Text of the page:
Michael Jackson Could Have Used a 'No' Man

The still-mysterious circumstances of Michael Jackson's death, with its attendant implications of celebrity-besotted, sycophantic enablers turning a collective blind eye to prescription drug abuse and other self-destructive behavior, put me in mind of an incident in my police career from some years ago.

I briefly worked on Los Angeles' prosperous Westside, and I was called to a home just a stone's throw from the one now so familiar to anyone who's been near a television set in the past week. A home every bit as large and lavishly appointed as the one Jackson was renting at the time of his death -- in that neighborhood there are few homes that aren't.

The resident and subject of the radio call was a man of some appreciable celebrity. Not rivaling that of Michael Jackson, certainly, but he was nonetheless very well known. He was also -- and remains today -- considered by most to be quite eccentric, that is when compared with nearly anyone other than Michael Jackson.

The call was of a reported drug overdose, and I accompanied fire department paramedics into the home and to the man's bedroom, where we found him lying unconscious and unresponsive atop the bed. There were various security people and other household staff present, and when the question was put to them what might have caused his condition, they merely pointed to the night tables at either side of the man's bed. There were no less than 40 bottles of prescription medications collected there, along with several vials of various injectible medicines. I had a limited but practical knowledge of pharmacology, and I knew that an overdose of almost any of these medicines could be fatal. We knew that emergency room doctors would inquire about the medications the man was taking, so rather than take the time to examine and catalog each bottle and vial, we merely scooped them all into a trash bag which we brought to the hospital and presented to the staff as we delivered the man for treatment.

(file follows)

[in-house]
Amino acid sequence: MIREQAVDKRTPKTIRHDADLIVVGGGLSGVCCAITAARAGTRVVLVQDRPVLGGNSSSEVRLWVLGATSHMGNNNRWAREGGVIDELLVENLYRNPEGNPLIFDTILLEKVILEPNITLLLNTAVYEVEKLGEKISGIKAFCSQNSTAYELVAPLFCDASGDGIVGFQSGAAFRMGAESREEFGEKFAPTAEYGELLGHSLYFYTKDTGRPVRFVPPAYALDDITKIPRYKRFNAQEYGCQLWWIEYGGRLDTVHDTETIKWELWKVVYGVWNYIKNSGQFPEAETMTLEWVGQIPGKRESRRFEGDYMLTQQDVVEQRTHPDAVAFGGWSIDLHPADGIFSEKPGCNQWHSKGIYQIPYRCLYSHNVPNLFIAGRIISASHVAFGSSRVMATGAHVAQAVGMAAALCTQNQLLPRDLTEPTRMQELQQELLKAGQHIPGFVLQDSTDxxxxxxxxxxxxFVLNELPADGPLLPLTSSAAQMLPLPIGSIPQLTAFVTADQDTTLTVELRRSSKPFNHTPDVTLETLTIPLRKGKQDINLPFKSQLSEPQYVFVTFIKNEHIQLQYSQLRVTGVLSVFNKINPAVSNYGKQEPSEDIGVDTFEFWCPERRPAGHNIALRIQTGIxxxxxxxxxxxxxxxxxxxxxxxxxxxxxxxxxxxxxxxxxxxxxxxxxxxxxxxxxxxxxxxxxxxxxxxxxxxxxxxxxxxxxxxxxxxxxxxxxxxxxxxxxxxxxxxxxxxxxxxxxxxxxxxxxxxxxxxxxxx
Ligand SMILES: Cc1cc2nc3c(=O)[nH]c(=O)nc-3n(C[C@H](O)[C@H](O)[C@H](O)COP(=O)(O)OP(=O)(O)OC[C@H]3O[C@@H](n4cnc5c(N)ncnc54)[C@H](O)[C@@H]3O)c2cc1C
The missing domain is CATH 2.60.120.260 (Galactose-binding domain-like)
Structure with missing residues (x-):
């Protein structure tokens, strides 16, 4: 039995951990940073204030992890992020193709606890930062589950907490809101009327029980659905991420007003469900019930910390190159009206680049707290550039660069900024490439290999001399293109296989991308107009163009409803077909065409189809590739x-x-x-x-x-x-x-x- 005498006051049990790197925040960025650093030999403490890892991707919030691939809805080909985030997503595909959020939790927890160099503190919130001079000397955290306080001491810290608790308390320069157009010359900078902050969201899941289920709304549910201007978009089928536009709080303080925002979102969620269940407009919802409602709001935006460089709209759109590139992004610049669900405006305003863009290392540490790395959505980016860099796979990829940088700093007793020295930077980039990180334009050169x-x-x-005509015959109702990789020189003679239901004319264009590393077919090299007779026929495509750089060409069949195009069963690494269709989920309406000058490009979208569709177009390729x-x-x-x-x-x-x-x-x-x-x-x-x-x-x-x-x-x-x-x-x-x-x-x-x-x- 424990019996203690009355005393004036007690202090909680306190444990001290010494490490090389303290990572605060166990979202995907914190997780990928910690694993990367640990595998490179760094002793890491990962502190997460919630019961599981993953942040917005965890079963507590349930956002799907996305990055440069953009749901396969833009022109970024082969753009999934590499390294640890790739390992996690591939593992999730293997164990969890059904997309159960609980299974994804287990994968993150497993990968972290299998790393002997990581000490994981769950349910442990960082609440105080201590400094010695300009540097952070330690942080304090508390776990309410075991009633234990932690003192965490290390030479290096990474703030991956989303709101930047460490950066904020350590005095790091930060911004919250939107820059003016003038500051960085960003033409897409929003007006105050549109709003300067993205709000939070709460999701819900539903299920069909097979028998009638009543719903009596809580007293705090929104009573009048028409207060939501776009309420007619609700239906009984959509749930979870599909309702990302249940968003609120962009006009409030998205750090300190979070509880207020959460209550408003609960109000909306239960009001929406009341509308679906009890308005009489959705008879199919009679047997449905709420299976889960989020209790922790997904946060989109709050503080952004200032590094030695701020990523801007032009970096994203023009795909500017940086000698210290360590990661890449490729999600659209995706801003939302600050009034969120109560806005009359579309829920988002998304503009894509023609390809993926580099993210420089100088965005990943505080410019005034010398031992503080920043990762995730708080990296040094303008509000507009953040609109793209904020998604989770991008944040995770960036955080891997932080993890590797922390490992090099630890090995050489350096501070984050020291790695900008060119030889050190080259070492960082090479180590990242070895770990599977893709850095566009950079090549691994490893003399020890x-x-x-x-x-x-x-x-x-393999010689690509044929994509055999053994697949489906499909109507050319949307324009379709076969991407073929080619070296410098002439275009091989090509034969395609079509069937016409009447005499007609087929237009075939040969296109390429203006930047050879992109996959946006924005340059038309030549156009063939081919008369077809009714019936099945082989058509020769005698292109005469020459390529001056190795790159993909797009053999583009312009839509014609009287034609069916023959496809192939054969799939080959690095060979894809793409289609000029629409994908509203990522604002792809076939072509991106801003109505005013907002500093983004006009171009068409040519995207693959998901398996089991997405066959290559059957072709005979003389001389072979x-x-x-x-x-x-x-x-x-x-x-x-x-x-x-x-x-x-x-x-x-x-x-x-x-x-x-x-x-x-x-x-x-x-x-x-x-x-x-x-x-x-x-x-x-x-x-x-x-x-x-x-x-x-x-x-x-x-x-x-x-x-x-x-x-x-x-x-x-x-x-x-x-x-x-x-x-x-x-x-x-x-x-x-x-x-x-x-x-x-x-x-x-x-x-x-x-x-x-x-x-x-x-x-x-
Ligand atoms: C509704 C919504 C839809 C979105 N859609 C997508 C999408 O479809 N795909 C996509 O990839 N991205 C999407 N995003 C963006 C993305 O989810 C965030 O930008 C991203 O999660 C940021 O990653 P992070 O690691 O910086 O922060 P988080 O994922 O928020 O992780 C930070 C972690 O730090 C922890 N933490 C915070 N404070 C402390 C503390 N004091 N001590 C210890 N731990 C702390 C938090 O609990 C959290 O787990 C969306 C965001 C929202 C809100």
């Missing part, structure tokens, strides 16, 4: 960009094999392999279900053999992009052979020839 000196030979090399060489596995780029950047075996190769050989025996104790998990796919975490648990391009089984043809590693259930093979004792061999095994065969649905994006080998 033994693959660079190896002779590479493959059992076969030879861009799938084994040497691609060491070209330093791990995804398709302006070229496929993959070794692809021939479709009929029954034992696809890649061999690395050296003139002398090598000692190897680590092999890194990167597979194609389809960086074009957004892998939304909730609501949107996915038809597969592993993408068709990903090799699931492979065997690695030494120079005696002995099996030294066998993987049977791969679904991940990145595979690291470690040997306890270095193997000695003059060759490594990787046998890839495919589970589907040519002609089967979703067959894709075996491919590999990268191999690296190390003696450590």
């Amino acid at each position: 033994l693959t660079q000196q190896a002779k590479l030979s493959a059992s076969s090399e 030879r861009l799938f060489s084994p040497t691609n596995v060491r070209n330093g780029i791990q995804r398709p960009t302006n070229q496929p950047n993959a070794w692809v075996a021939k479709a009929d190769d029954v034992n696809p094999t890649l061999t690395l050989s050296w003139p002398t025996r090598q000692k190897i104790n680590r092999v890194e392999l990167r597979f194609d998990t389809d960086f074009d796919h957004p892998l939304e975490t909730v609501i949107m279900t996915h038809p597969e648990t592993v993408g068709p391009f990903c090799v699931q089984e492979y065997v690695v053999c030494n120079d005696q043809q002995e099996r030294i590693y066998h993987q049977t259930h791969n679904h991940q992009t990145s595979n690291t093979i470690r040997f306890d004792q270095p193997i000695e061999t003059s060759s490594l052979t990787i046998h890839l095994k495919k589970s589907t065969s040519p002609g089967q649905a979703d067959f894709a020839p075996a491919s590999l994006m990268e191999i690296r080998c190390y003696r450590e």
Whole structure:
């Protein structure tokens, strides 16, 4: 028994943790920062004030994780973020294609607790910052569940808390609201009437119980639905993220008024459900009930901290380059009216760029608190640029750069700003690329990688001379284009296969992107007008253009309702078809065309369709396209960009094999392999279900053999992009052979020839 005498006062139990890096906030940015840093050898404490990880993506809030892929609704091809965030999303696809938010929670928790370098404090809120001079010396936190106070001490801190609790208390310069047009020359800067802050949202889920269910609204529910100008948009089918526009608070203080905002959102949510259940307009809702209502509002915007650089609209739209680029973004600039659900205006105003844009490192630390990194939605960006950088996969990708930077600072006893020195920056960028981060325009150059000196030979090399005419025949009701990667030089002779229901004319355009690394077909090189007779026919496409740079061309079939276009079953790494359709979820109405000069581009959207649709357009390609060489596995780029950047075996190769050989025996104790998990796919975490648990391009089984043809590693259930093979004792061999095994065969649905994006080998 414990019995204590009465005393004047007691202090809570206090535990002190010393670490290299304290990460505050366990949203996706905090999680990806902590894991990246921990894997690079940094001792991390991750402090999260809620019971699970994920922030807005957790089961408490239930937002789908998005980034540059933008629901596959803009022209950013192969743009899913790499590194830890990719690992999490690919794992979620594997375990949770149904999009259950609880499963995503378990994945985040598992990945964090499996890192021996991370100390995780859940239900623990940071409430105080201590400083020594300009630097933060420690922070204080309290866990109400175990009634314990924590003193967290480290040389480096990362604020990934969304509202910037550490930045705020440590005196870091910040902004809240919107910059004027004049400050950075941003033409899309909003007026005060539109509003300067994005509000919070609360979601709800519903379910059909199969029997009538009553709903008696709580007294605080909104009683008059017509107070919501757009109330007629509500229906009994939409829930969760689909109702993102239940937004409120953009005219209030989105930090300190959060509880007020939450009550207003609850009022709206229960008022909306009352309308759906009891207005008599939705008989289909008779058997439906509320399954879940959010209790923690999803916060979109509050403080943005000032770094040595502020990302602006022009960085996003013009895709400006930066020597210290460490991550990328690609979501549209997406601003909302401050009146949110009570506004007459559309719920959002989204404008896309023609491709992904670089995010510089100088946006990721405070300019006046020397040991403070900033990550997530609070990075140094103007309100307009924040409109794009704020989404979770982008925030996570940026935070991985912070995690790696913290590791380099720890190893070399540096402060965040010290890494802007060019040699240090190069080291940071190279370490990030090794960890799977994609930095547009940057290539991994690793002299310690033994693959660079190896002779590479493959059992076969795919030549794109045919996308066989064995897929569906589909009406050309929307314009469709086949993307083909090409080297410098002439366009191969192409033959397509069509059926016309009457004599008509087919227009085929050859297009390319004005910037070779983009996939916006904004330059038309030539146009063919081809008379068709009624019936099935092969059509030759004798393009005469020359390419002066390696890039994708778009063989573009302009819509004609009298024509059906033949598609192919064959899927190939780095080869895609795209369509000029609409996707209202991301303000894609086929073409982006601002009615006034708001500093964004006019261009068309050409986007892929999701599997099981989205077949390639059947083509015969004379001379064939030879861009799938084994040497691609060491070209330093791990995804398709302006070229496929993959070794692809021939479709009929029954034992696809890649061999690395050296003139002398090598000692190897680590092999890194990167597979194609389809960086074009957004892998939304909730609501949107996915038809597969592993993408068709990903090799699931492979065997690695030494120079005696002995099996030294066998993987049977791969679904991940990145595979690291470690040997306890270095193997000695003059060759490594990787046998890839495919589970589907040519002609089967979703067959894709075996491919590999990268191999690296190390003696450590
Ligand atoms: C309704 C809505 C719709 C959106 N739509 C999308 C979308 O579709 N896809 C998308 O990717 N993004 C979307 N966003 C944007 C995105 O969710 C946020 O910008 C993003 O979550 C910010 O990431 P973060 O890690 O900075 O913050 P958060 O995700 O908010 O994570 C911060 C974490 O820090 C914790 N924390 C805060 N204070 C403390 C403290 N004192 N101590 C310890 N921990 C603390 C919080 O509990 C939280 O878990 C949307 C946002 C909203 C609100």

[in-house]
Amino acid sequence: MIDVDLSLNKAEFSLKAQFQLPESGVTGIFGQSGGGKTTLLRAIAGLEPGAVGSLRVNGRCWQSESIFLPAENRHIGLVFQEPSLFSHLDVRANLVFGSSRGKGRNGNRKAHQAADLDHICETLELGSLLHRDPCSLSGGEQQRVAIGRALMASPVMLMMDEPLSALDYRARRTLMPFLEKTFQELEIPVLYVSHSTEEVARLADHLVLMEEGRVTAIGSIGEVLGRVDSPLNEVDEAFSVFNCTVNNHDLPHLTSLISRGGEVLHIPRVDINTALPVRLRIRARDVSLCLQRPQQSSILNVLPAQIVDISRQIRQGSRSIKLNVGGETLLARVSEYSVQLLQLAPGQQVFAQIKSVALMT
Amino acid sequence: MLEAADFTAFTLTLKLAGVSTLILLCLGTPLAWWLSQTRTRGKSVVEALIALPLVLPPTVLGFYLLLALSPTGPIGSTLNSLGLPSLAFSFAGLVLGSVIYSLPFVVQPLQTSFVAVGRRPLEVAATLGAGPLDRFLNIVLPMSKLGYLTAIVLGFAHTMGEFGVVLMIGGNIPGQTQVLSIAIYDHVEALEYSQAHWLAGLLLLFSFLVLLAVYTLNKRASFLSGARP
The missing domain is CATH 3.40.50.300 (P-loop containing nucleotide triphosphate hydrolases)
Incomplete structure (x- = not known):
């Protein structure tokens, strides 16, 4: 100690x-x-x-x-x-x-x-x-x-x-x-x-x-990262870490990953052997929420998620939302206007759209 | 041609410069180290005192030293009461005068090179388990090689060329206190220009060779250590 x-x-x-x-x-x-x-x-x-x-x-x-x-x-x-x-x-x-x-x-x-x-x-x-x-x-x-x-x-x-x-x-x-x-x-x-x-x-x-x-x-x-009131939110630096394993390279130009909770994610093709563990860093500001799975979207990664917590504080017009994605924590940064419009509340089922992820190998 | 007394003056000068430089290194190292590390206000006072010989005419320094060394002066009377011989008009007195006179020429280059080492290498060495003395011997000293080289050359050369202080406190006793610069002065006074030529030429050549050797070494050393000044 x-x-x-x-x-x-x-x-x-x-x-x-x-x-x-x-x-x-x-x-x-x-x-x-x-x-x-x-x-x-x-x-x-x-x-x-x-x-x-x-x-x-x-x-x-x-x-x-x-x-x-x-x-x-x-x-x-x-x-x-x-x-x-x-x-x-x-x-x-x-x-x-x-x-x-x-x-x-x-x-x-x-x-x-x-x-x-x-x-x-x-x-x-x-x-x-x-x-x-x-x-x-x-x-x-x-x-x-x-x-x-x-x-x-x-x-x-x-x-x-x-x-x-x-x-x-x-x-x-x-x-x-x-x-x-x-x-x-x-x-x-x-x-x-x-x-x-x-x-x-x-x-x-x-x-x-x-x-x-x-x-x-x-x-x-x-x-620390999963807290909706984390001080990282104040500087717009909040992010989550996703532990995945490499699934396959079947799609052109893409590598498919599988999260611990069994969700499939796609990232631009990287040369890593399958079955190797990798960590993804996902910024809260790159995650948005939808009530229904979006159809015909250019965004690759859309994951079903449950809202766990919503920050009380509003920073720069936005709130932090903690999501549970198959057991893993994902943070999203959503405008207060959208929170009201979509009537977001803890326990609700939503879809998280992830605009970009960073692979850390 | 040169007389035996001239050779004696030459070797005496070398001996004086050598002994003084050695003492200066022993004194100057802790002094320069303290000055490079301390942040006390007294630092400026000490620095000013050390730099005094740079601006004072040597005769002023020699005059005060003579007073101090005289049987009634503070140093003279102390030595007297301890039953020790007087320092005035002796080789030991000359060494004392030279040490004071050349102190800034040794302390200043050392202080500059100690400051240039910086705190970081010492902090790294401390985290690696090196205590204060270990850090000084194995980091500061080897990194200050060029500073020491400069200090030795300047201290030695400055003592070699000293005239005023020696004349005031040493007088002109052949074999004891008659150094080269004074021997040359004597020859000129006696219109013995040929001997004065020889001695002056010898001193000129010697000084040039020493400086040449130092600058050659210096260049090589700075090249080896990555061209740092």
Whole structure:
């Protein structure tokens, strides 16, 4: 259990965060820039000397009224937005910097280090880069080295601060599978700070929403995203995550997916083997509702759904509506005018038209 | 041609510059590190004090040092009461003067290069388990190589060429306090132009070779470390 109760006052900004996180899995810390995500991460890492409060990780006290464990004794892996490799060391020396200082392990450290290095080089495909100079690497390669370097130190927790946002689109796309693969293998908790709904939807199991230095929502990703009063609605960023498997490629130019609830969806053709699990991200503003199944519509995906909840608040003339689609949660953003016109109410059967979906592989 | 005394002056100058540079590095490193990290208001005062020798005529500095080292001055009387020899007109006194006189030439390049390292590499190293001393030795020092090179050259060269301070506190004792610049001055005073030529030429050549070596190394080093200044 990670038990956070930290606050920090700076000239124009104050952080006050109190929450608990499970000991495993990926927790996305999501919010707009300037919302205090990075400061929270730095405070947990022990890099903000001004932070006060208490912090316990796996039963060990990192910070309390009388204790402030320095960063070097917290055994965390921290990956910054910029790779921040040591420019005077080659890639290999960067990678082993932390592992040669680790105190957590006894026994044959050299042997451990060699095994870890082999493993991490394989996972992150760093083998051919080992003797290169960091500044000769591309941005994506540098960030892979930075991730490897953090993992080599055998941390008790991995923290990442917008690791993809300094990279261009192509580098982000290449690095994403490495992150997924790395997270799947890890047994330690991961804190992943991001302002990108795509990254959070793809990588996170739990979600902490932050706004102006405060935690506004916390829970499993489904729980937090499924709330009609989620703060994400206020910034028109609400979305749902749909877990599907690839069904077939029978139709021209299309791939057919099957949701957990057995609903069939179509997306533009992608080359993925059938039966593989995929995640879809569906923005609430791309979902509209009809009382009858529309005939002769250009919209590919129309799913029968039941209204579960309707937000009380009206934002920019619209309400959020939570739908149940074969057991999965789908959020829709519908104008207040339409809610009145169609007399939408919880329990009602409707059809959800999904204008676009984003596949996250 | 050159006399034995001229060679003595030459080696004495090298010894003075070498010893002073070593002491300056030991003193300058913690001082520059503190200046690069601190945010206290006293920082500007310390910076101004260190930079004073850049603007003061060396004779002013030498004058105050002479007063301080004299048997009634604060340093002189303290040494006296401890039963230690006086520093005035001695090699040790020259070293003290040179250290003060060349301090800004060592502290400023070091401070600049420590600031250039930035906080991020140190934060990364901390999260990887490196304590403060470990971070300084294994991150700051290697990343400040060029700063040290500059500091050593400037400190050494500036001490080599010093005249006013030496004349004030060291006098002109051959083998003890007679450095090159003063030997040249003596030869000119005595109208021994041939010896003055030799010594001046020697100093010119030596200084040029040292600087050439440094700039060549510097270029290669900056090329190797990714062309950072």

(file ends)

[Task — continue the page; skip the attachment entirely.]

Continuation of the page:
The man survived the experience and lives on still. As I said, this was some years ago, a time before 24-hour cable news and tabloid television, a time before the Internet and its malignant spawn such as TMZ.com and the like. The incident never attracted the attention of the press, an outcome all but unthinkable today. Identifying the man here, even after so many years have passed, would but serve the lurid interests of those who derive satisfaction from seeing the high and mighty brought low and desperate.

But at the time I couldn't help but wonder how all those hired hands could have ignored what must have been obvious to them: that in consuming the types and quantities of medications he was, consumption he apparently made no effort to conceal from them, their employer was at great risk of irreparable harm and even death. The answer, I suppose, can be summed up by paraphrasing screenwriter and author William Goldman, who in Adventures in the Screen Trade, wrote of the differences between mere "actors" and "movie stars." Movie stars are people who, from the moment they wake up in the morning until the moment they go to sleep at night, never once hear a fellow human being utter the word "no."

Michael Jackson's celebrity perhaps eclipsed that of any movie star one could name. One cannot help but suspect that with that very rarest level of celebrity came the flocks of retainers who, so as to maintain their positions within the comforting proximity of the star, were all too willing to acquiesce to any and all bizarre behavior.

Of which prescription drug abuse was apparently far from the worst.

I have no inside knowledge of the Michael Jackson investigation, but I suspect that in the coming days we will learn of certain parallels between his misfortune and that of the man I've described above. No matter how rich or famous one may become, no matter how large one's retinue may grow, it may be wise to seek out and retain at least one person whose sole duty is to now and then stand up and say "no."